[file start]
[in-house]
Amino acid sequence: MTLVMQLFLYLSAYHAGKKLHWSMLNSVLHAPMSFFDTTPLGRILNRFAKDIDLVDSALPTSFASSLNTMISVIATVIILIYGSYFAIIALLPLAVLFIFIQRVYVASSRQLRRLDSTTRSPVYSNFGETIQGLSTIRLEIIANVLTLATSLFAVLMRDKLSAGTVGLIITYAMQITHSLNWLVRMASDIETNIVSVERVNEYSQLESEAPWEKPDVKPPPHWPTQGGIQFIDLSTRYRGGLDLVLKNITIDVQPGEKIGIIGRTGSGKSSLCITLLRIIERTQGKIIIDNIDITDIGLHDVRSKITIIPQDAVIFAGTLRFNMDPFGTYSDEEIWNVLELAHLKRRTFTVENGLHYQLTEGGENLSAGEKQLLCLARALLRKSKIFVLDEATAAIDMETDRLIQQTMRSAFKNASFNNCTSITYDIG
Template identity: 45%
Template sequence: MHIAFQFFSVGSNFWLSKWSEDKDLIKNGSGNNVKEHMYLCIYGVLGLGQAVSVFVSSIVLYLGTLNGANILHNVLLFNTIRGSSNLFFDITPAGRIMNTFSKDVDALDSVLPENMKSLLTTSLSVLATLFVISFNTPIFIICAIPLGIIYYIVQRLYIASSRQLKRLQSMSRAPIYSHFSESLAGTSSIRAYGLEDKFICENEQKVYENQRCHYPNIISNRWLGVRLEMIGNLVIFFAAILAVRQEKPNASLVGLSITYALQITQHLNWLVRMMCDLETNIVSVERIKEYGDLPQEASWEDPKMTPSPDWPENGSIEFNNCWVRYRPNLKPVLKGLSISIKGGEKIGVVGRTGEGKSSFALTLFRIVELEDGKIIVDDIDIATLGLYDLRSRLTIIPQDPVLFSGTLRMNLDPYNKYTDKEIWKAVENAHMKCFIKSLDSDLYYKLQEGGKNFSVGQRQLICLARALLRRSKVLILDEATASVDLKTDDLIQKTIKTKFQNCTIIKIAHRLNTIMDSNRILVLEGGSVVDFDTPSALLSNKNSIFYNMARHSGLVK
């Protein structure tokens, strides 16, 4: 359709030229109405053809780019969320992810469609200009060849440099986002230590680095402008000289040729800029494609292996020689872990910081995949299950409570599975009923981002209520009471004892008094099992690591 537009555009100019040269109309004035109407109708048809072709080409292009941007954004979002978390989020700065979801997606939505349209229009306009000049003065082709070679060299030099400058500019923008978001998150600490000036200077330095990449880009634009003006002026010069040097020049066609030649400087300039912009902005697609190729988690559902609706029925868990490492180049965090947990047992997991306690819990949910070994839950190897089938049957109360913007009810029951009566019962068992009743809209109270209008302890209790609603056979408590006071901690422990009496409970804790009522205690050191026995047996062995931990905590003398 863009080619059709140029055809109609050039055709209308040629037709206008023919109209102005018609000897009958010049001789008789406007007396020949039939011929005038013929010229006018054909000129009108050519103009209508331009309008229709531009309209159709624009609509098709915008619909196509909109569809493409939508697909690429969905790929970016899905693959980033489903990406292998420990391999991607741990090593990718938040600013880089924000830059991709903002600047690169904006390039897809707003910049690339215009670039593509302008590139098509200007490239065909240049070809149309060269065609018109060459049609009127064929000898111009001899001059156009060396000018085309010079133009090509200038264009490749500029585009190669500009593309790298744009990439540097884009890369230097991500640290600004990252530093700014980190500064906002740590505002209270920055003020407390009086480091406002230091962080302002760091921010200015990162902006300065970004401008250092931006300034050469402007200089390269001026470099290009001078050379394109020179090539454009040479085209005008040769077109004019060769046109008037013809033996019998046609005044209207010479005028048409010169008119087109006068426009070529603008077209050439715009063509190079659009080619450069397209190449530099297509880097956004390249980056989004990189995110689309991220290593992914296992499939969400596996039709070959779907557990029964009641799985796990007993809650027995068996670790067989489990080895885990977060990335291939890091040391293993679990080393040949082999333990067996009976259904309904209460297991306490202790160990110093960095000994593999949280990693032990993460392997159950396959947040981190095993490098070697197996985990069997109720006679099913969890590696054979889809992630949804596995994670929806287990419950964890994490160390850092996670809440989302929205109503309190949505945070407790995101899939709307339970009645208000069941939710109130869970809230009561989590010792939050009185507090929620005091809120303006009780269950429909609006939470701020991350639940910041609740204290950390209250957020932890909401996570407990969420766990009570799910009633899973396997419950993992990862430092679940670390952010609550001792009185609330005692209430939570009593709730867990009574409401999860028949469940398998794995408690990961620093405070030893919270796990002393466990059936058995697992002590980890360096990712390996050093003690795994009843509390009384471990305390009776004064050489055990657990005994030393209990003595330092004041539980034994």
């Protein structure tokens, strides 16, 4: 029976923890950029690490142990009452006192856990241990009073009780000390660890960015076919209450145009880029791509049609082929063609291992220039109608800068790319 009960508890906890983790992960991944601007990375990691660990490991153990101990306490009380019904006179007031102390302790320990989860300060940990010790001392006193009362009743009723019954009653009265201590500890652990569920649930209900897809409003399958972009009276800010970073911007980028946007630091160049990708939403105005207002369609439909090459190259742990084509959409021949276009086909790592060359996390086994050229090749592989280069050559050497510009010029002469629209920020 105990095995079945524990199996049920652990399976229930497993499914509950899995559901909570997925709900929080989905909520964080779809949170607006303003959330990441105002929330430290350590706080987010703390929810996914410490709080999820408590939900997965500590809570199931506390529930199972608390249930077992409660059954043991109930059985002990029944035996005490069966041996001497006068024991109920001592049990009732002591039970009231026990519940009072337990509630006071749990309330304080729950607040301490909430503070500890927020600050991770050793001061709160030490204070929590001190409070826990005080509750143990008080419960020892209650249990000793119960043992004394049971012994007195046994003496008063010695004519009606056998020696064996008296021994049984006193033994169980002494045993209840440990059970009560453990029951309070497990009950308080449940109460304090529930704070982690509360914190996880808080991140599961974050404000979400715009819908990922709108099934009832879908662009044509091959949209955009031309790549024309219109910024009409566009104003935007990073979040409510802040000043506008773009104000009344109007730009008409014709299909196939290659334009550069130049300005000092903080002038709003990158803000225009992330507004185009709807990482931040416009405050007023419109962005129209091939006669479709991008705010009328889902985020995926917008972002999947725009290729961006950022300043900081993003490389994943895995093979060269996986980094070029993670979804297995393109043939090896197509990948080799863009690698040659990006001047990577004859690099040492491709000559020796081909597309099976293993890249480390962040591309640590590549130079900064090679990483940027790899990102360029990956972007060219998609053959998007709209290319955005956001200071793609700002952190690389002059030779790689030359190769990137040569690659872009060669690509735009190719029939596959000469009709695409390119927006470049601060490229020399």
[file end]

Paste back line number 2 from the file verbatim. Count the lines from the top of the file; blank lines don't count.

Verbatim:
Amino acid sequence: MTLVMQLFLYLSAYHAGKKLHWSMLNSVLHAPMSFFDTTPLGRILNRFAKDIDLVDSALPTSFASSLNTMISVIATVIILIYGSYFAIIALLPLAVLFIFIQRVYVASSRQLRRLDSTTRSPVYSNFGETIQGLSTIRLEIIANVLTLATSLFAVLMRDKLSAGTVGLIITYAMQITHSLNWLVRMASDIETNIVSVERVNEYSQLESEAPWEKPDVKPPPHWPTQGGIQFIDLSTRYRGGLDLVLKNITIDVQPGEKIGIIGRTGSGKSSLCITLLRIIERTQGKIIIDNIDITDIGLHDVRSKITIIPQDAVIFAGTLRFNMDPFGTYSDEEIWNVLELAHLKRRTFTVENGLHYQLTEGGENLSAGEKQLLCLARALLRKSKIFVLDEATAAIDMETDRLIQQTMRSAFKNASFNNCTSITYDIG